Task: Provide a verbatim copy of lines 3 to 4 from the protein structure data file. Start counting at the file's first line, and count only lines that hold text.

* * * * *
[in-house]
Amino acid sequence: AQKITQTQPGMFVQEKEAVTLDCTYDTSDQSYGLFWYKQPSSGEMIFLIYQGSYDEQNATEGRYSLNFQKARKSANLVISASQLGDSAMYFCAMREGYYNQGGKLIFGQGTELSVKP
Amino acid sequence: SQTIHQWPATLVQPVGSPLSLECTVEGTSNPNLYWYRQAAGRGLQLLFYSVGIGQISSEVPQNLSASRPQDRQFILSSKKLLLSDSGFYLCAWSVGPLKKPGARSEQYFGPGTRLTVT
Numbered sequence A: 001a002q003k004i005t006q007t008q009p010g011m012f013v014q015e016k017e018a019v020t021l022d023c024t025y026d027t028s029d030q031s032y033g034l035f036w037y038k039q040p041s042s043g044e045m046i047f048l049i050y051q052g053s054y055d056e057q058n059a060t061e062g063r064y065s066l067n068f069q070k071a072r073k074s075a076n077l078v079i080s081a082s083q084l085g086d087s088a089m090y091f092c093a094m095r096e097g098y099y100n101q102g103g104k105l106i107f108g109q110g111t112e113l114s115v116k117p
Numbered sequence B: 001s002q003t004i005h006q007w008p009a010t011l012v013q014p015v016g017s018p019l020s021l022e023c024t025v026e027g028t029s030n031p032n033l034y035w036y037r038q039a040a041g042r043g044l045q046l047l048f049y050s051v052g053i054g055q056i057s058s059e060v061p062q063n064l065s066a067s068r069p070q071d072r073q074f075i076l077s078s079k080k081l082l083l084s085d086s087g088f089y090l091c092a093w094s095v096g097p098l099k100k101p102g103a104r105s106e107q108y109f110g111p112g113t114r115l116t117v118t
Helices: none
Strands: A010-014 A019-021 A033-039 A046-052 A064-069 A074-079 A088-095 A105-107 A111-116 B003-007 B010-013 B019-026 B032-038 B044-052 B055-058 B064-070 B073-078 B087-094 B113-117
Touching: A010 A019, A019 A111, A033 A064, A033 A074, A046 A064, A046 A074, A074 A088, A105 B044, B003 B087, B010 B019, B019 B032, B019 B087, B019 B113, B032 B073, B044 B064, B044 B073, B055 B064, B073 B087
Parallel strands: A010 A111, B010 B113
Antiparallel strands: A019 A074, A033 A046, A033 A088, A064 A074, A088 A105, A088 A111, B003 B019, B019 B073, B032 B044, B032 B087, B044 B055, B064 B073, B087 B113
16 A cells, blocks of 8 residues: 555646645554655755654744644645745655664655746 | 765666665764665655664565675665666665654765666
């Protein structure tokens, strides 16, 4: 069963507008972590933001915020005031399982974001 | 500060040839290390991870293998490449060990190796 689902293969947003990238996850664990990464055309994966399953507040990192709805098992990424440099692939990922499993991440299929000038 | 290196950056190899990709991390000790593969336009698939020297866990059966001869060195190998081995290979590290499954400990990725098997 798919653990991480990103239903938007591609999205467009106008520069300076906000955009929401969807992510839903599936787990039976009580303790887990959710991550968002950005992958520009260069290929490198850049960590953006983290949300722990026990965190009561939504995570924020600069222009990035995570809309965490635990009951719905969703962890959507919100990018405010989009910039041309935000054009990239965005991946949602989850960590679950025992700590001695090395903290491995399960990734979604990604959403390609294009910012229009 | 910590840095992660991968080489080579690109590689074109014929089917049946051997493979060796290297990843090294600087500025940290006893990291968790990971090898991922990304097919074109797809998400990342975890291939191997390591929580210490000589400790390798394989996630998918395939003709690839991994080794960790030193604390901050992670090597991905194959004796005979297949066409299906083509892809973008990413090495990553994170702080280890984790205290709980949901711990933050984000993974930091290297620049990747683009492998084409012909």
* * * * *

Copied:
Amino acid sequence: SQTIHQWPATLVQPVGSPLSLECTVEGTSNPNLYWYRQAAGRGLQLLFYSVGIGQISSEVPQNLSASRPQDRQFILSSKKLLLSDSGFYLCAWSVGPLKKPGARSEQYFGPGTRLTVT
Numbered sequence A: 001a002q003k004i005t006q007t008q009p010g011m012f013v014q015e016k017e018a019v020t021l022d023c024t025y026d027t028s029d030q031s032y033g034l035f036w037y038k039q040p041s042s043g044e045m046i047f048l049i050y051q052g053s054y055d056e057q058n059a060t061e062g063r064y065s066l067n068f069q070k071a072r073k074s075a076n077l078v079i080s081a082s083q084l085g086d087s088a089m090y091f092c093a094m095r096e097g098y099y100n101q102g103g104k105l106i107f108g109q110g111t112e113l114s115v116k117p